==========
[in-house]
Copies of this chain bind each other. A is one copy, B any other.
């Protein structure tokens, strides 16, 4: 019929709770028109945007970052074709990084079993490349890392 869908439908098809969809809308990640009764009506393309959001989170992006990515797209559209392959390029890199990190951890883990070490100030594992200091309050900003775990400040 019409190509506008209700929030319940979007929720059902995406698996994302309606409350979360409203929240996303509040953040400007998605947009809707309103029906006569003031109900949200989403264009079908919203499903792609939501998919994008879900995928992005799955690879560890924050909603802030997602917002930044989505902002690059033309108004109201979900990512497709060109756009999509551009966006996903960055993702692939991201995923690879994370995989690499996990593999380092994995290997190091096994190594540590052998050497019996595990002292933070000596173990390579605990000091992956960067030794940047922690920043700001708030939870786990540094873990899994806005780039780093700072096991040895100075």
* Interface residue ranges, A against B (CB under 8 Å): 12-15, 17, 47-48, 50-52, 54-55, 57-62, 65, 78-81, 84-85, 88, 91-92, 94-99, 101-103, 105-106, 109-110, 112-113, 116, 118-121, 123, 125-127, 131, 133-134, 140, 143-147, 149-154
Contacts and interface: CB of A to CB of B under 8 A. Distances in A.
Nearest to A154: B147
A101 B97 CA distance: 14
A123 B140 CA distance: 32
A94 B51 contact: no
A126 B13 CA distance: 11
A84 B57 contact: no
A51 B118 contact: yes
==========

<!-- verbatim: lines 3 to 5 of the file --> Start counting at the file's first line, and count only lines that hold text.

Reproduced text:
């Protein structure tokens, strides 16, 4: 019929709770028109945007970052074709990084079993490349890392 869908439908098809969809809308990640009764009506393309959001989170992006990515797209559209392959390029890199990190951890883990070490100030594992200091309050900003775990400040 019409190509506008209700929030319940979007929720059902995406698996994302309606409350979360409203929240996303509040953040400007998605947009809707309103029906006569003031109900949200989403264009079908919203499903792609939501998919994008879900995928992005799955690879560890924050909603802030997602917002930044989505902002690059033309108004109201979900990512497709060109756009999509551009966006996903960055993702692939991201995923690879994370995989690499996990593999380092994995290997190091096994190594540590052998050497019996595990002292933070000596173990390579605990000091992956960067030794940047922690920043700001708030939870786990540094873990899994806005780039780093700072096991040895100075």
* Interface residue ranges, A against B (CB under 8 Å): 12-15, 17, 47-48, 50-52, 54-55, 57-62, 65, 78-81, 84-85, 88, 91-92, 94-99, 101-103, 105-106, 109-110, 112-113, 116, 118-121, 123, 125-127, 131, 133-134, 140, 143-147, 149-154
Contacts and interface: CB of A to CB of B under 8 A. Distances in A.